The family that is hosting us has a grandmother and her son (who owns a café in town) his wife and their daughter who is 15.  They have three other children – one married daughter who has two children and two sons who help in the father’s business.  Our lunch starts with vegetable soup which is very flavorful and then brique (a pastry of sorts – this one with tuna and parsley and egg.) Then we are served a couscous with beef and vegetables and fruit for dessert. 

After lunch we move to the courtyard for the giving of gifts and discussions with the family.  The wife brings out photos of the grandchildren and the grandmother brings out newspaper clippings about the former president and his family and makes some remarks about them which are negative in general but with sympathy for the six year old son who is now uprooted (with only several billion of assets to live on for the rest of his life – per Mohamed)  Then the grandmother disappears and we all think she has tired as she is quite old.  WE go on to show on a map where we each come from and discuss the gifts we have brought for them.  Just as we are finishing up the grandmother returns and she is wrapped up in a headscarf and she starts to talk very loudly and with great force and she tells us this is how Khadafi sounds – she is like a standup comic.   We all absolutely crack up and then she goes on and does an Elvis imitation that she calls Michael Jackson (it is the name she knows) and has us howling.  I have photos to verify this.  We are all delighted with the home hosted segment and leave very pleased with our fun time at lunch.



Then we head to the hotel to make a toilet stop in the lobby before running back out to head to the carpet workshop.  We all are aware of the need to help these people get their tourism industry backup and running and so four of six buy including me – a small rug for the bathroom in terra cotta and dark blue.  Dick buys a larger and even more lovely carpet and Jennifer buys small and lovely one and Howard & Carol find the one they think will be a perfect wall hanging.   So we help out the economy and Mohamed says it is very much appreciated as our small group bought four items when most will have only one sale.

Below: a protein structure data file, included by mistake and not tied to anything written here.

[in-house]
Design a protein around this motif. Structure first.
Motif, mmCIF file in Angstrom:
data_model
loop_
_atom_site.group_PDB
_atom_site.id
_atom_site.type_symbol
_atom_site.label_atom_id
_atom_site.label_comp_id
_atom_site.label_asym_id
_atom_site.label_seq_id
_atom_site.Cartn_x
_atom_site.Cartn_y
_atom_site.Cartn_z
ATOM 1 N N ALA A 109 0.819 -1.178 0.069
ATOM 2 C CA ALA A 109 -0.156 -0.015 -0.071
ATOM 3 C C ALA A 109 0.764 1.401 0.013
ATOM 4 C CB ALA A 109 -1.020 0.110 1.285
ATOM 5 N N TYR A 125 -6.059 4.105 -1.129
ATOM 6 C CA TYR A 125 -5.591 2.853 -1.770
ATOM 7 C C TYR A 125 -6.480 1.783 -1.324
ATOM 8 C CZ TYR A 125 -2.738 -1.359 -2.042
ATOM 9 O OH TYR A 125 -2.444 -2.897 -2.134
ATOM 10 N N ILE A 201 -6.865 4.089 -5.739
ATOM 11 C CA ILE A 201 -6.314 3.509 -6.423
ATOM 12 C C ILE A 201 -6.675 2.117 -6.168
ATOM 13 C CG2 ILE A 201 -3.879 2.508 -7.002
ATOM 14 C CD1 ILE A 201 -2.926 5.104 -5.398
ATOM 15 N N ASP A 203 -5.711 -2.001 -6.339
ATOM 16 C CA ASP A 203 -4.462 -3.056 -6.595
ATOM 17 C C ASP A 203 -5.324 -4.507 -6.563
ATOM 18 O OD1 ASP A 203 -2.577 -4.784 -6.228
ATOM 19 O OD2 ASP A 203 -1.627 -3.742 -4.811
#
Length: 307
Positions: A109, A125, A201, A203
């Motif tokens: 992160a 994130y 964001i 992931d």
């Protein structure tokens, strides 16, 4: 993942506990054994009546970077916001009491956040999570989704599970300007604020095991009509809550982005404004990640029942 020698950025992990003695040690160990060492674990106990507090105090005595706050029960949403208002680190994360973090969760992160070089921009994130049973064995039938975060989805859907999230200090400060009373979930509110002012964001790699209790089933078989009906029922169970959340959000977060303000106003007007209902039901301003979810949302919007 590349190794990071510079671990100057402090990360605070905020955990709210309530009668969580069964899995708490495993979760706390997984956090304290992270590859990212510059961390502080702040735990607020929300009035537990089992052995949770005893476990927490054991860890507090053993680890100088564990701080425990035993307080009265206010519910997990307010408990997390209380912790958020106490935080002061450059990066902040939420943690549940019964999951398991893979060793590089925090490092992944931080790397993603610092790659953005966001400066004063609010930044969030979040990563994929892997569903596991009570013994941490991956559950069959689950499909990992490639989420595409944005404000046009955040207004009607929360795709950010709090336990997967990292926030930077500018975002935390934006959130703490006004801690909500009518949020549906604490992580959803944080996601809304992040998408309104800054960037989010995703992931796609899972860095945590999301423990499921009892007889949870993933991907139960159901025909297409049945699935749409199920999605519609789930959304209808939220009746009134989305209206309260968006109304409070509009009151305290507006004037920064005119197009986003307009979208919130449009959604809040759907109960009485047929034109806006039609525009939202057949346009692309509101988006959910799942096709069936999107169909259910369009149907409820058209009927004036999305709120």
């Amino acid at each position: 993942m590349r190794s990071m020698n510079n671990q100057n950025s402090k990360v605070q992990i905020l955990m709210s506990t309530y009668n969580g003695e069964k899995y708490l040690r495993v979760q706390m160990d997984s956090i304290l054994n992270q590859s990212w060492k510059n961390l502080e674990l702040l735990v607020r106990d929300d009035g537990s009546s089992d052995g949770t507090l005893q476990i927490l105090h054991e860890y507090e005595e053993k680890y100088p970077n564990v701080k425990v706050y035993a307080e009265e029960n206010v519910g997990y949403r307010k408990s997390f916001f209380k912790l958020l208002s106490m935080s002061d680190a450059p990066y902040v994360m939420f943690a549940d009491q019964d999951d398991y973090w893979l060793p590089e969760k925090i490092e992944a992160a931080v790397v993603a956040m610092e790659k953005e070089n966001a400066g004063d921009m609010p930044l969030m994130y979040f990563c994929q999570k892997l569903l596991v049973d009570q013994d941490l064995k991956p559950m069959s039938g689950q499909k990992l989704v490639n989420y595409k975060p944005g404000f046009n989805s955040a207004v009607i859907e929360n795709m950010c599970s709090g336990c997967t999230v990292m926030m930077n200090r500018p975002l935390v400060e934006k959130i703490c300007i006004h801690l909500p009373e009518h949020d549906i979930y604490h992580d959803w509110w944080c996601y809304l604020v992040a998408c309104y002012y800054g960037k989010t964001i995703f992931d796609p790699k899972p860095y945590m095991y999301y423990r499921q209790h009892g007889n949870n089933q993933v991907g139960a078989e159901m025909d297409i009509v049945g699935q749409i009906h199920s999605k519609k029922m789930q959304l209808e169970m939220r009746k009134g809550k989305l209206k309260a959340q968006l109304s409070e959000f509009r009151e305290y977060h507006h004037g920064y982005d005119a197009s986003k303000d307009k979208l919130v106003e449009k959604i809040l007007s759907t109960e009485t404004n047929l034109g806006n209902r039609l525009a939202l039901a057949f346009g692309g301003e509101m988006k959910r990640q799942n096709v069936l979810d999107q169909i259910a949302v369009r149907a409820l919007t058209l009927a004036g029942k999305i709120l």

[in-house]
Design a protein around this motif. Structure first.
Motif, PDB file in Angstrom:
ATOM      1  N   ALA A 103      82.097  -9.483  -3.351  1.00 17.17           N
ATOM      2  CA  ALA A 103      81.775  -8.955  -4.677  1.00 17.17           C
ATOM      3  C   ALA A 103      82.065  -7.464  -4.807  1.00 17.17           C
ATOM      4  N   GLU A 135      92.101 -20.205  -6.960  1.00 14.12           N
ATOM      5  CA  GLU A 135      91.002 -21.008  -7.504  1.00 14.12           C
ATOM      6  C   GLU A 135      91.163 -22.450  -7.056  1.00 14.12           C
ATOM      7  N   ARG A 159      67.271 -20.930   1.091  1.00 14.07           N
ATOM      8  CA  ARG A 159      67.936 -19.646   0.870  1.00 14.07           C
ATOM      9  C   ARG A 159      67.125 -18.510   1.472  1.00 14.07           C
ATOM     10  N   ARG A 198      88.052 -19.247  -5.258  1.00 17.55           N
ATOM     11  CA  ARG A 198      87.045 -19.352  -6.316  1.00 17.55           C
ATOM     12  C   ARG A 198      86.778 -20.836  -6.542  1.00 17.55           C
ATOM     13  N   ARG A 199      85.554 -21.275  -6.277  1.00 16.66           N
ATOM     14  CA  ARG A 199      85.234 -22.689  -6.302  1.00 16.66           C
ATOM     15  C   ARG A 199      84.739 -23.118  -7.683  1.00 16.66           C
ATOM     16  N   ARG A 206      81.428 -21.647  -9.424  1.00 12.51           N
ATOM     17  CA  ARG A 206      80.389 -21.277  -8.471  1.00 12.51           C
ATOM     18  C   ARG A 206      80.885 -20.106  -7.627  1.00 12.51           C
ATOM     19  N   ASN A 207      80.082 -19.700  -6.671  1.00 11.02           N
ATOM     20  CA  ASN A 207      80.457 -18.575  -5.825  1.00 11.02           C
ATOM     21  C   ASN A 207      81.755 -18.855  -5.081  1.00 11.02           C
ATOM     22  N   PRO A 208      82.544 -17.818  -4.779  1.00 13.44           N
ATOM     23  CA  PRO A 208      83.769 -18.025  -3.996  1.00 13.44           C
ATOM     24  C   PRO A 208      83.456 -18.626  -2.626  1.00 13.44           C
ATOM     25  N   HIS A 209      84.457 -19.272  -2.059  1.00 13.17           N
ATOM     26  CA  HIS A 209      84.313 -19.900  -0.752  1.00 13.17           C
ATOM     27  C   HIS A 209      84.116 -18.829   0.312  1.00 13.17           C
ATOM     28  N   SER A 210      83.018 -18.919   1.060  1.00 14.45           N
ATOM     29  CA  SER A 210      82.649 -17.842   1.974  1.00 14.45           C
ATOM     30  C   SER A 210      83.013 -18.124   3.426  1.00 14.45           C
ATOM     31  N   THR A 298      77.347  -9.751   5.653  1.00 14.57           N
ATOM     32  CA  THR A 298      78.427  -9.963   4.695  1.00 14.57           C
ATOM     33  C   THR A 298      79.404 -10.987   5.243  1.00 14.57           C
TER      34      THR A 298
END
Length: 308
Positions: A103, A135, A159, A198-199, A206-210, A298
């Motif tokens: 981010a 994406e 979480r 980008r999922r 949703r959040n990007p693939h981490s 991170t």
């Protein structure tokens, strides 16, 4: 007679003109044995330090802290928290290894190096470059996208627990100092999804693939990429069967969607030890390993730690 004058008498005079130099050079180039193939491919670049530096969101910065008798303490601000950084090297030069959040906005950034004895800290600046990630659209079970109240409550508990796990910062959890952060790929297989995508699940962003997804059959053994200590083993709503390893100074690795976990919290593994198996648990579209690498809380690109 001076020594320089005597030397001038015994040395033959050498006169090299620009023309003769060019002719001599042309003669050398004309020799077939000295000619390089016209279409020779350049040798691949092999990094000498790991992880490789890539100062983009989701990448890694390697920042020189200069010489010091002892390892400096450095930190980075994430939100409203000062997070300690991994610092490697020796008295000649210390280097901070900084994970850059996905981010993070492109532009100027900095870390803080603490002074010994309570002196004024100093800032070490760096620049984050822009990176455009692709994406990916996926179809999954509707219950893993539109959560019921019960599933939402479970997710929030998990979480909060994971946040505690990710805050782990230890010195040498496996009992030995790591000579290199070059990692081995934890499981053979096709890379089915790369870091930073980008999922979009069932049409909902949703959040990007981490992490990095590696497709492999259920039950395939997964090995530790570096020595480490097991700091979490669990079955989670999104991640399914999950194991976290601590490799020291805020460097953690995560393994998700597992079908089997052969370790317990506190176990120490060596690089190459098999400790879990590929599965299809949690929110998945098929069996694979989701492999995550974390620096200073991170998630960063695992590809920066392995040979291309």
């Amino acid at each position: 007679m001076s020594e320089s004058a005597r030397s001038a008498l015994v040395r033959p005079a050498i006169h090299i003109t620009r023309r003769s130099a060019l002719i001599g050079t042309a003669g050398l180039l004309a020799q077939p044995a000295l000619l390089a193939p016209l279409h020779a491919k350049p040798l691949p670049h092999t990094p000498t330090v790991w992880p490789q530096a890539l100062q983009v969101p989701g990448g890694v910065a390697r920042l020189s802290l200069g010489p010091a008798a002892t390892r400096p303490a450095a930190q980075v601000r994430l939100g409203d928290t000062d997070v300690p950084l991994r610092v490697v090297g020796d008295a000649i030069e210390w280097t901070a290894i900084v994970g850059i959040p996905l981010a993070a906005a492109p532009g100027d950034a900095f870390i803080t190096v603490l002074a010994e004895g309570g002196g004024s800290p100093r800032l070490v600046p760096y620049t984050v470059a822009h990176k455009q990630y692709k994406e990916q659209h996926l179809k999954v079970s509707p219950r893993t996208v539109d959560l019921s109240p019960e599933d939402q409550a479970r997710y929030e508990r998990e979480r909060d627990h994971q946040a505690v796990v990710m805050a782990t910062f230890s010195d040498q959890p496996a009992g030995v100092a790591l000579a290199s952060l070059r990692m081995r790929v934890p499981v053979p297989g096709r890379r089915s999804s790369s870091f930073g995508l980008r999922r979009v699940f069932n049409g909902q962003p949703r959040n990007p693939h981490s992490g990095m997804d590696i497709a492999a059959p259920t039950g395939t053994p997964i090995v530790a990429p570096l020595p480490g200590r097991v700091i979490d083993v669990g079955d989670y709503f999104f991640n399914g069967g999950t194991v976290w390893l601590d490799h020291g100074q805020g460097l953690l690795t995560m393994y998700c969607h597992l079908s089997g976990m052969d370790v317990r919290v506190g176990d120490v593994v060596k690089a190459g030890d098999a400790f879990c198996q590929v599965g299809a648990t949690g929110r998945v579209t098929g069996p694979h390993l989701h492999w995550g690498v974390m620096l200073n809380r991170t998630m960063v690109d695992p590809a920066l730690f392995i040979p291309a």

Back to the hotel for another 20 minutes or so to get settled in before leaving for a walk around town to see the copper smiths and then a medina tour.  Lots to see and absorb.  This medina is quite a bit livelier than the one in Tunis.  While not everything is open and bustling there are still artisans working making shoes and barbers still cutting hair and shaving men.  On the way back to the hotel we run into our family hosts heading to the medina and we greet each other warmly – they get a chance to meet Max who didn’t come for lunch. 

We head back to the hotel and have another 30 -35 minutes before our 7:30 dinner hour.  Dinner is here in the hotel and we have veg soup and brique – LOL - along with bread Mohamed bought in the medina from a street vendor.  Then the meal is choice of swordfish or turkey or hamburger.  Five of us take the fish – Jim and Howard take turkey and Max does the burger.
The finish is a crème caramel which is nice but we are stuffed at this point.  Upstairs to get some of these notes typed up for later posting and to make backup copies of photos and also to prepare for the journey to Monastir  and El Jem tomorrow. 

Since there is no internet here I will do the posts alone in the lobby on wifi in the morning and then come back later and add photos when I get both more time and a better connection (don’t know when that will be…)

the day before